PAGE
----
“We have been harping and dreaming and wishing for housing,” said Councilman Paul Stoelting, “Regardless of where we build there’s traffic. Surely there’s a way for the engineers to figure out traffic flow. We can’t have it both ways.”
Hoover agreed stating Miller was willing to invest $3 million in a building that has stood idol for several years. Harding said he could provide some information at next month’s meeting.
Tony Truex, owner of Travel Star, asked that the tax abatement agreement between his company and the town be approved as construction is to begin in the tech park later this week.
The council approved a declaratory resolution on the abatement. Next month it will approve a confirmatory resolution on the matter.
The council also approved a task order for Commonwealth Engineering for $68,000 for work on the Community Crossroads Grant for Main and Railroad Streets which will be submitted later this month; looking for a way to improve drainage along Harkless Drive; and to update the town’s plan on infrastructure improvements for a phaser rating.
Council approved the task order as well as second one for $8,500 for wellhead quality inspection which is a regulatory requirement. Mike Noe, town manager and public utility manager, needs assistance with the report.
In department reports, Noe mentioned to the council Aluminum Insights, another company building in the technology park, will have to reroute its sewer line, but there is no action needed by the council.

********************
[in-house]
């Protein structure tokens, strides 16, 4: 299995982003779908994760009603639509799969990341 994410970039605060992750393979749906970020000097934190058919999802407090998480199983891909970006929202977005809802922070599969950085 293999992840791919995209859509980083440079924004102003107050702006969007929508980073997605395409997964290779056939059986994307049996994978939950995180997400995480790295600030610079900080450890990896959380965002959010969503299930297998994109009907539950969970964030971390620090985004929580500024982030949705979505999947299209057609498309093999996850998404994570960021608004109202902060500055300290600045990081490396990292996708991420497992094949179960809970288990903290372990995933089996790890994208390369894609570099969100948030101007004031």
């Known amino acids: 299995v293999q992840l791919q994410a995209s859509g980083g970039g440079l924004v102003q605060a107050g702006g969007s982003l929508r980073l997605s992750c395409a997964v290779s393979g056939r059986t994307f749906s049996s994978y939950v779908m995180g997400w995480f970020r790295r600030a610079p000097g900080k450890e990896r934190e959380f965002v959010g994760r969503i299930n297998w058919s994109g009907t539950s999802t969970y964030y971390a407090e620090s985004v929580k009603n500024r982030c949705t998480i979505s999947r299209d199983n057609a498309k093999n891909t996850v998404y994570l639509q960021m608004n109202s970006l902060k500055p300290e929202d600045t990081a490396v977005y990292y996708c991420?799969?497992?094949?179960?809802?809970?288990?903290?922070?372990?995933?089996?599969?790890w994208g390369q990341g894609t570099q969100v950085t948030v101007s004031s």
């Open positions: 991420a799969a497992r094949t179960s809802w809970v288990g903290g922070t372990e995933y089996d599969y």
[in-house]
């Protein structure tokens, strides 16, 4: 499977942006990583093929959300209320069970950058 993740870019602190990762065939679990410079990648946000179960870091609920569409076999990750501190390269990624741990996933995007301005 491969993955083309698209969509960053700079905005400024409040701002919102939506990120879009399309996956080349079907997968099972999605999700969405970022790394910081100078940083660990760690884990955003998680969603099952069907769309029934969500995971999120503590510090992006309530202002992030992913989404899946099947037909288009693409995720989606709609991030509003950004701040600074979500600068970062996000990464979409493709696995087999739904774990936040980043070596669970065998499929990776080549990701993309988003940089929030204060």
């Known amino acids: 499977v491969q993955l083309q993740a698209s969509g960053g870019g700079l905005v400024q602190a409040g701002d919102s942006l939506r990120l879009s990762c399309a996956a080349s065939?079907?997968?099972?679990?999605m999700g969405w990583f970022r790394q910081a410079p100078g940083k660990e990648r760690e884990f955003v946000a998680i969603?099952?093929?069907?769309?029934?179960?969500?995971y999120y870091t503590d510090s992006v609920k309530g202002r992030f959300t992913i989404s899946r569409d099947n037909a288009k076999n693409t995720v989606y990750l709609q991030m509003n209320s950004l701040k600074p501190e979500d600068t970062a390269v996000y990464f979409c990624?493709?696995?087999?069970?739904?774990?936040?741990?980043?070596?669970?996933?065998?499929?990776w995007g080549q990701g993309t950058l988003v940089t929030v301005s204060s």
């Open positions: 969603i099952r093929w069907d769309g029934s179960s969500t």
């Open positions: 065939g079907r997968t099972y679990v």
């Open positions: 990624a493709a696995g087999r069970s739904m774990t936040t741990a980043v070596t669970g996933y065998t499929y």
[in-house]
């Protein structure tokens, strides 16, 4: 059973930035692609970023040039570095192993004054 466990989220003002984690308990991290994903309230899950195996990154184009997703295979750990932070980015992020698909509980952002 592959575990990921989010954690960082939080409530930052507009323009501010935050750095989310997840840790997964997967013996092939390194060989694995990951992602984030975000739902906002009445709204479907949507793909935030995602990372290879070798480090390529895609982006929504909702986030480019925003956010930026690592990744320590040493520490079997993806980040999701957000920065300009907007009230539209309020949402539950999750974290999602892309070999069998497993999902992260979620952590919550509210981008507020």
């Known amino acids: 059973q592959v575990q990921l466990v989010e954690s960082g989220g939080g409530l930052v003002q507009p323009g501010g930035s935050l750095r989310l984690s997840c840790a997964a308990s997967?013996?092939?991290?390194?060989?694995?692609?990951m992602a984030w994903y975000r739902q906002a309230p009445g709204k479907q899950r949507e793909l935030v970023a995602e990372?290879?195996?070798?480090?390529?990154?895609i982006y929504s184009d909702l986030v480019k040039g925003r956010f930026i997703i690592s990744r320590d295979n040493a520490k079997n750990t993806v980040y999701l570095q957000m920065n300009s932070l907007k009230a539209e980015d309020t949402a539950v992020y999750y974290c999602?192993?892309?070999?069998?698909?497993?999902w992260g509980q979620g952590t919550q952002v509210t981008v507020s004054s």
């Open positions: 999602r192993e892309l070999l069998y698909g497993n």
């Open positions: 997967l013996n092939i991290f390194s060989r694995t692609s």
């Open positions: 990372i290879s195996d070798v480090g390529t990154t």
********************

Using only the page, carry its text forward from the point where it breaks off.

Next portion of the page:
On the waste water side, Noe is working with a company, KLN, to reduce the amount of copper in the town’s water. The town’s levels of copper are higher than the Indiana Department of Environmental Management allows.
Police Chief Jim Layne reviewed 2020’s end of the year report. He has ordered new vehicles and radios and just waiting for delivery. Officer Kenworthy will be leaving for the police academy next month.
Chad Jonsson park superintendent, said the parks department was working on figuring out how to have some upcoming events. The adult basketball league is underway following the governor’s executive order.
Fire Chief Mickey Scott also reviewed his end of the year report. Noting there was a drop in calls last year, he noted they were starting to go up again. He also requested approval to purchase nitrous oxide or laughing gas, which is used on the ambulance. Nitrous oxide can be used as a mild sedative. The cost was $11,250. The council approved the purchase.
The council approved the encumbrances from 2020.
In new business, the council discussed entering into an agreement with the Kosciusko County Economic Development Corporation. Kedco has suggested $15,000. Musser suggested offering $5,000 noting Siegel has been doing a lot of the economic development for the town and the council approved $5,000 to Kedco just 6 months ago.
Siegel asked what Kedco had done for the town and said the town needs to see results from the organization. After more discussion the council approved paying $7,500 to Kedco and requiring a monthly report outlining what the organization is doing within Syracuse. The report is to be sent to all council members.